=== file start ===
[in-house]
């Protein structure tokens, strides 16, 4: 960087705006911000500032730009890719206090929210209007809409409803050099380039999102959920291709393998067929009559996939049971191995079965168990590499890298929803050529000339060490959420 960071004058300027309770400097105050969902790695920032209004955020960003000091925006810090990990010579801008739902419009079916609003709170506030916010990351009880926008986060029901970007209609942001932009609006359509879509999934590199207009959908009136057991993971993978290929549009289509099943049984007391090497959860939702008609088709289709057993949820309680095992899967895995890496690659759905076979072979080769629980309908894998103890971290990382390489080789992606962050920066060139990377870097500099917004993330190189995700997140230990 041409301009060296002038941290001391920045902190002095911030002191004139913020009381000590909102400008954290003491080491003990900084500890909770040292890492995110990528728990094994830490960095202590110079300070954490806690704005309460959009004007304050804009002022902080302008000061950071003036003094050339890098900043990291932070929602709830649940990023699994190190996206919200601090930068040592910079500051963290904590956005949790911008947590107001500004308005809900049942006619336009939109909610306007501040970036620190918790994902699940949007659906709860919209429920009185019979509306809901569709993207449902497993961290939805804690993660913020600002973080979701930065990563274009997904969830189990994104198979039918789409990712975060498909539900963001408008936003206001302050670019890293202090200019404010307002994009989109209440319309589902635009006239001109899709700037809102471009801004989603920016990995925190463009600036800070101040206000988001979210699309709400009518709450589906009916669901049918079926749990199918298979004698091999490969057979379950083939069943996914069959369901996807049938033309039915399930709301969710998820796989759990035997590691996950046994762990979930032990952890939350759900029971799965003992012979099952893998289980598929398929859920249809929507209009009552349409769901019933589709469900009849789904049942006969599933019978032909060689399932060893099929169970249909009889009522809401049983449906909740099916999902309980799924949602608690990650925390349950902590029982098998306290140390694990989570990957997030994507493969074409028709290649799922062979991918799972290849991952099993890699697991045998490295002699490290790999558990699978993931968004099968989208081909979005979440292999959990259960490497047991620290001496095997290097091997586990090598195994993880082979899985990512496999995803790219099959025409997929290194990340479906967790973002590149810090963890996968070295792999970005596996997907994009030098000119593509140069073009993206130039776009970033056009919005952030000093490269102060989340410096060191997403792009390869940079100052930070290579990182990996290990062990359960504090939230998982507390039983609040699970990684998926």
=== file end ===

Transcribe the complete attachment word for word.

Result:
[in-house]
């Protein structure tokens, strides 16, 4: 960087705006911000500032730009890719206090929210209007809409409803050099380039999102959920291709393998067929009559996939049971191995079965168990590499890298929803050529000339060490959420 960071004058300027309770400097105050969902790695920032209004955020960003000091925006810090990990010579801008739902419009079916609003709170506030916010990351009880926008986060029901970007209609942001932009609006359509879509999934590199207009959908009136057991993971993978290929549009289509099943049984007391090497959860939702008609088709289709057993949820309680095992899967895995890496690659759905076979072979080769629980309908894998103890971290990382390489080789992606962050920066060139990377870097500099917004993330190189995700997140230990 041409301009060296002038941290001391920045902190002095911030002191004139913020009381000590909102400008954290003491080491003990900084500890909770040292890492995110990528728990094994830490960095202590110079300070954490806690704005309460959009004007304050804009002022902080302008000061950071003036003094050339890098900043990291932070929602709830649940990023699994190190996206919200601090930068040592910079500051963290904590956005949790911008947590107001500004308005809900049942006619336009939109909610306007501040970036620190918790994902699940949007659906709860919209429920009185019979509306809901569709993207449902497993961290939805804690993660913020600002973080979701930065990563274009997904969830189990994104198979039918789409990712975060498909539900963001408008936003206001302050670019890293202090200019404010307002994009989109209440319309589902635009006239001109899709700037809102471009801004989603920016990995925190463009600036800070101040206000988001979210699309709400009518709450589906009916669901049918079926749990199918298979004698091999490969057979379950083939069943996914069959369901996807049938033309039915399930709301969710998820796989759990035997590691996950046994762990979930032990952890939350759900029971799965003992012979099952893998289980598929398929859920249809929507209009009552349409769901019933589709469900009849789904049942006969599933019978032909060689399932060893099929169970249909009889009522809401049983449906909740099916999902309980799924949602608690990650925390349950902590029982098998306290140390694990989570990957997030994507493969074409028709290649799922062979991918799972290849991952099993890699697991045998490295002699490290790999558990699978993931968004099968989208081909979005979440292999959990259960490497047991620290001496095997290097091997586990090598195994993880082979899985990512496999995803790219099959025409997929290194990340479906967790973002590149810090963890996968070295792999970005596996997907994009030098000119593509140069073009993206130039776009970033056009919005952030000093490269102060989340410096060191997403792009390869940079100052930070290579990182990996290990062990359960504090939230998982507390039983609040699970990684998926």